David Iben put it well when he said, ‘Volatility is not a risk we care about. What we care about is avoiding the permanent loss of capital.’ So it might be obvious that you need to consider debt, when you think about how risky any given stock is, because too much debt can sink a company. Importantly, Travelzoo (NASDAQ:TZOO) does carry debt. But is this debt a concern to shareholders?
When Is Debt A Problem?
Generally speaking, debt only becomes a real problem when a company can’t easily pay it off, either by raising capital or with its own cash flow. If things get really bad, the lenders can take control of the business. However, a more common (but still painful) scenario is that it has to raise new equity capital at a low price, thus permanently diluting shareholders. Of course, the upside of debt is that it often represents cheap capital, especially when it replaces dilution in a company with the ability to reinvest at high rates of return. When we examine debt levels, we first consider both cash and debt levels, together.
What Is Travelzoo’s Debt?
As you can see below, Travelzoo had US$3.66m of debt at March 2021, down from US$9.97m a year prior. But it also has US$70.9m in cash to offset that, meaning it has US$67.2m net cash.
How Healthy Is Travelzoo’s Balance Sheet?
The latest balance sheet data shows that Travelzoo had liabilities of US$100.1m due within a year, and liabilities of US$13.0m falling due after that. On the other hand, it had cash of US$70.9m and US$7.29m worth of receivables due within a year. So it has liabilities totalling US$35.0m more than its cash and near-term receivables, combined.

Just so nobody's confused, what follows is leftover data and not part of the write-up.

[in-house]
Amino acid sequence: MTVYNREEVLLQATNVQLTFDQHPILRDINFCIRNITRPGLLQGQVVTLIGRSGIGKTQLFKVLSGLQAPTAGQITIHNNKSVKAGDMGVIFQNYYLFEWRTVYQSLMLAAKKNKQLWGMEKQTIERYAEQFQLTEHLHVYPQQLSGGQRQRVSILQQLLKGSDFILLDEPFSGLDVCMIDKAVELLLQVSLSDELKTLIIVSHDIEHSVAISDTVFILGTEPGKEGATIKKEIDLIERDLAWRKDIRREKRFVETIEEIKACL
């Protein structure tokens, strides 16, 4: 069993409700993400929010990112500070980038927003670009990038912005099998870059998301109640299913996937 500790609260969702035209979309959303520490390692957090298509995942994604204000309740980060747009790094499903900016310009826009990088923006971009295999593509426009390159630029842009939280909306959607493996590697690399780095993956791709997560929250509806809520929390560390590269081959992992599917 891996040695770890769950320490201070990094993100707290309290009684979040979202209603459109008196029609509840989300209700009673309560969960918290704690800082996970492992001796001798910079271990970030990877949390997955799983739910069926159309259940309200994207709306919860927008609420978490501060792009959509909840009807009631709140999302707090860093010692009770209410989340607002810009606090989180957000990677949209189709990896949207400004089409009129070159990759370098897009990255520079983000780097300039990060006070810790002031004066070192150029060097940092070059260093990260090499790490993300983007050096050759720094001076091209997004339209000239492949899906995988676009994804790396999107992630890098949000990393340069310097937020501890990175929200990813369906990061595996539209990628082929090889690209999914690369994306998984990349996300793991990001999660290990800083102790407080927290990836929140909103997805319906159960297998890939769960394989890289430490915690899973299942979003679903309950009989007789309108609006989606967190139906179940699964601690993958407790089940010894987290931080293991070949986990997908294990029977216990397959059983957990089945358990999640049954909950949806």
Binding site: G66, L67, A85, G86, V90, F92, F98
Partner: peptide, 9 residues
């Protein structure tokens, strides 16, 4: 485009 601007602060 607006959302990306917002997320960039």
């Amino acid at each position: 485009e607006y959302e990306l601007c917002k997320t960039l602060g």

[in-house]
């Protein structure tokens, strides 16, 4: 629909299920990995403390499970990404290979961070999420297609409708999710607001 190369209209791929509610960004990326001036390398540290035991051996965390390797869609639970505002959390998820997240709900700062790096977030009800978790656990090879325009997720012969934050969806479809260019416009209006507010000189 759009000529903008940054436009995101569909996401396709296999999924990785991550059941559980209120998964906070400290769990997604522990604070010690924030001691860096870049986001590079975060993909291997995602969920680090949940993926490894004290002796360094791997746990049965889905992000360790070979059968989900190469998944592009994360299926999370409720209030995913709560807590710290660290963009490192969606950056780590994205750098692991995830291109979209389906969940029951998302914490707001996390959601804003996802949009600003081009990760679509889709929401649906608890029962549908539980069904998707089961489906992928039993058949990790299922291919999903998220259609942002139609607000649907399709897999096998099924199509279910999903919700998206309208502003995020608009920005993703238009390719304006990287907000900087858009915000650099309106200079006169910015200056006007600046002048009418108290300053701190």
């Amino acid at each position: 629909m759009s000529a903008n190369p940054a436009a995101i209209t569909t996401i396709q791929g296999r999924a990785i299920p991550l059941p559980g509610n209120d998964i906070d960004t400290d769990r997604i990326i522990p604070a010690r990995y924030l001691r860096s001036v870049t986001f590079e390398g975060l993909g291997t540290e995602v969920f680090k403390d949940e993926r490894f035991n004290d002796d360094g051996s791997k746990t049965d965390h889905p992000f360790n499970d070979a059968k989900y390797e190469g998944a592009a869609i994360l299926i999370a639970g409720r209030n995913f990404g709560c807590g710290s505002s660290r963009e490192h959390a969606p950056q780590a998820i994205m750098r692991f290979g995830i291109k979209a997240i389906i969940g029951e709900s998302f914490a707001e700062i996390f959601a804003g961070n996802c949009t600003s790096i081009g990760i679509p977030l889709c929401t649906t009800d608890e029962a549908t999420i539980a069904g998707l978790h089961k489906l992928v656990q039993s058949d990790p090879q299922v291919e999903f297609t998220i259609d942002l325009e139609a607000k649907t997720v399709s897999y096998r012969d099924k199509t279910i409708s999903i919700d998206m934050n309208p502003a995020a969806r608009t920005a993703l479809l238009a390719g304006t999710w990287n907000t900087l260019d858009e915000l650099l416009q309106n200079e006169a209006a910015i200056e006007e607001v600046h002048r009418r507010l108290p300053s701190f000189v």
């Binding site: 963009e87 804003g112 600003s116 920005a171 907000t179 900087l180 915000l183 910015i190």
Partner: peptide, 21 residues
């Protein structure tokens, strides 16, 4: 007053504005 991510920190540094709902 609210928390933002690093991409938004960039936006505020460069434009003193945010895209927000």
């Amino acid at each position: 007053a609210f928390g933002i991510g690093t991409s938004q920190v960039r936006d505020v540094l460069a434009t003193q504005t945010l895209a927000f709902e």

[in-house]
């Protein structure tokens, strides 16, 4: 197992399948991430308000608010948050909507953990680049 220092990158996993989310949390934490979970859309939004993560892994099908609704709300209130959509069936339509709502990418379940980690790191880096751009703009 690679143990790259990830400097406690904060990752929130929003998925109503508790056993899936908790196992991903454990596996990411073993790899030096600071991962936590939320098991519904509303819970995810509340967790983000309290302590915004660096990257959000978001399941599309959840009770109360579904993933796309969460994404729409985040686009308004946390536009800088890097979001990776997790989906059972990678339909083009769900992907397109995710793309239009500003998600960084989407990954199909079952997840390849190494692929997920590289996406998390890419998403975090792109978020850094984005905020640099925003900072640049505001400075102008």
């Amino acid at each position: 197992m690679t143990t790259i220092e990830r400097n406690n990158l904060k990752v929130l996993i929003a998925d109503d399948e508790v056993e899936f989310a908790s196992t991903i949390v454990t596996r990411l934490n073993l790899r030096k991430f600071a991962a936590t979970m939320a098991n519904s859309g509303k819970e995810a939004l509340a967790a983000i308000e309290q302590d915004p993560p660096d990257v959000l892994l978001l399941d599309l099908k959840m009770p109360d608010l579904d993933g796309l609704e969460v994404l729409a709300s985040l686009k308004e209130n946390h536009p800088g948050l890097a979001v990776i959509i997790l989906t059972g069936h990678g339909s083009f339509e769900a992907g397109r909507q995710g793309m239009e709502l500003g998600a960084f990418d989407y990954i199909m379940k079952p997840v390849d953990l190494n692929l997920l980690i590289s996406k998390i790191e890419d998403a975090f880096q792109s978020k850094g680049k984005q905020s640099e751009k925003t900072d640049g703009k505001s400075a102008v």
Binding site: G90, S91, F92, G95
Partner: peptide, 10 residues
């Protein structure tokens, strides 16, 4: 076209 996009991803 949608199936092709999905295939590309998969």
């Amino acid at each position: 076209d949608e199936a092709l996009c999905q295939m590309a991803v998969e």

Of course, Travelzoo has a market capitalization of US$191.3m, so these liabilities are probably manageable. But there are sufficient liabilities that we would certainly recommend shareholders continue to monitor the balance sheet, going forward. Despite its noteworthy liabilities, Travelzoo boasts net cash, so it’s fair to say it does not have a heavy debt load! There’s no doubt that we learn most about debt from the balance sheet. But ultimately the future profitability of the business will decide if Travelzoo can strengthen its balance sheet over time.
In the last year Travelzoo had a loss before interest and tax, and actually shrunk its revenue by 51%, to US$48m. That makes us nervous, to say the least.
So How Risky Is Travelzoo?
While Travelzoo lost money on an earnings before interest and tax (EBIT) level, it actually generated positive free cash flow US$59m. So although it is loss-making, it doesn’t seem to have too much near-term balance sheet risk, keeping in mind the net cash. Until we see some positive EBIT, we’re a bit cautious of the stock, not least because of the rather modest revenue growth. The balance sheet is clearly the area to focus on when you are analysing debt. However, not all investment risk resides within the balance sheet – far from it.